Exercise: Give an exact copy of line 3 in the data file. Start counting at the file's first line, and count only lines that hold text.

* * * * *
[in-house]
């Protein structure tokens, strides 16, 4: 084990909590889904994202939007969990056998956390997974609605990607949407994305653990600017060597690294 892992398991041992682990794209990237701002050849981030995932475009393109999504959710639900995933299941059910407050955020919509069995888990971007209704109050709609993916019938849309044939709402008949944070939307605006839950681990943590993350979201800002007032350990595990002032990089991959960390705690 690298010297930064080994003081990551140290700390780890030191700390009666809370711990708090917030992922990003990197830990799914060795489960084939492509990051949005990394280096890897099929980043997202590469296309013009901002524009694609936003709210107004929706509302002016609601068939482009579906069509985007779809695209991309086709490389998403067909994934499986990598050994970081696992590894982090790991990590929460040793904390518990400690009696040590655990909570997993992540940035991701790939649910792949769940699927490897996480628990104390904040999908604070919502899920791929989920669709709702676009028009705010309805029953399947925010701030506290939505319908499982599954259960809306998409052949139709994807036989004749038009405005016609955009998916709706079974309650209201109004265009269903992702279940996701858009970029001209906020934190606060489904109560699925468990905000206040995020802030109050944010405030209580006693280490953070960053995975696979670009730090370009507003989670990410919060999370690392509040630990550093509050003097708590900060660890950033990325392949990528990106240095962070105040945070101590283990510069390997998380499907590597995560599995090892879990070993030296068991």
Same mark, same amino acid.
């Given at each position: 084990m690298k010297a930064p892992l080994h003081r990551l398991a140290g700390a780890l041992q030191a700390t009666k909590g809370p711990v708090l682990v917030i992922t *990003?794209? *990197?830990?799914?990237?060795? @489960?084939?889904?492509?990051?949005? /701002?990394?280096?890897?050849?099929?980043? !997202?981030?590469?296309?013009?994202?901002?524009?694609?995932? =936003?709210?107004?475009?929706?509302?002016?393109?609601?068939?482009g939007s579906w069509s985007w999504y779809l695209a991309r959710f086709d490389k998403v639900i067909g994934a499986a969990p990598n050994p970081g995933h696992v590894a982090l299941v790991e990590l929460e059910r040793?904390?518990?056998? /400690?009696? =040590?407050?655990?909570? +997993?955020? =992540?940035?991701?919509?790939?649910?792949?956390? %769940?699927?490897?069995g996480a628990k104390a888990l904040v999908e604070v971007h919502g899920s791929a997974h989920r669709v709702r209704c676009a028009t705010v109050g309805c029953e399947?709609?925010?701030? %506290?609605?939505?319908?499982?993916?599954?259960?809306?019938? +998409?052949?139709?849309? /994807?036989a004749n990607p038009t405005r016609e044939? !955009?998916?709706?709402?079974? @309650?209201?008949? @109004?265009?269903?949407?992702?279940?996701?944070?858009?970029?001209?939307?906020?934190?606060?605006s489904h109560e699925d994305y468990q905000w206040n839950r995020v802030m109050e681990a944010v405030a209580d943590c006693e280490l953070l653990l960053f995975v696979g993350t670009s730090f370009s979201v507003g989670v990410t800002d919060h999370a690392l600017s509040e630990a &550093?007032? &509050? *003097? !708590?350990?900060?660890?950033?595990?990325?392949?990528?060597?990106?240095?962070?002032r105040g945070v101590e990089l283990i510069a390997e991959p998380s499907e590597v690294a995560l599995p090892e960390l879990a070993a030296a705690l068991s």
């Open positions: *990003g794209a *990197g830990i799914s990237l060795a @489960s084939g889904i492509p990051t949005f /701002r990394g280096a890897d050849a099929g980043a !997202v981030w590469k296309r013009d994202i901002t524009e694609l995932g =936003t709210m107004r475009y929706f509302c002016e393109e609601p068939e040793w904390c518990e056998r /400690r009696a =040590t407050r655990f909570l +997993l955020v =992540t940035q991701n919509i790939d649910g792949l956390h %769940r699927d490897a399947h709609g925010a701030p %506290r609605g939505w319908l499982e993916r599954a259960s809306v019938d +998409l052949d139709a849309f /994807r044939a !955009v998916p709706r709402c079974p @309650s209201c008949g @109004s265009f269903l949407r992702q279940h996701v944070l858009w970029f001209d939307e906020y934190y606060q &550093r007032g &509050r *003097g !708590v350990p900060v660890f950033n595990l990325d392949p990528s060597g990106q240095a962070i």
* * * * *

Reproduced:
Same mark, same amino acid.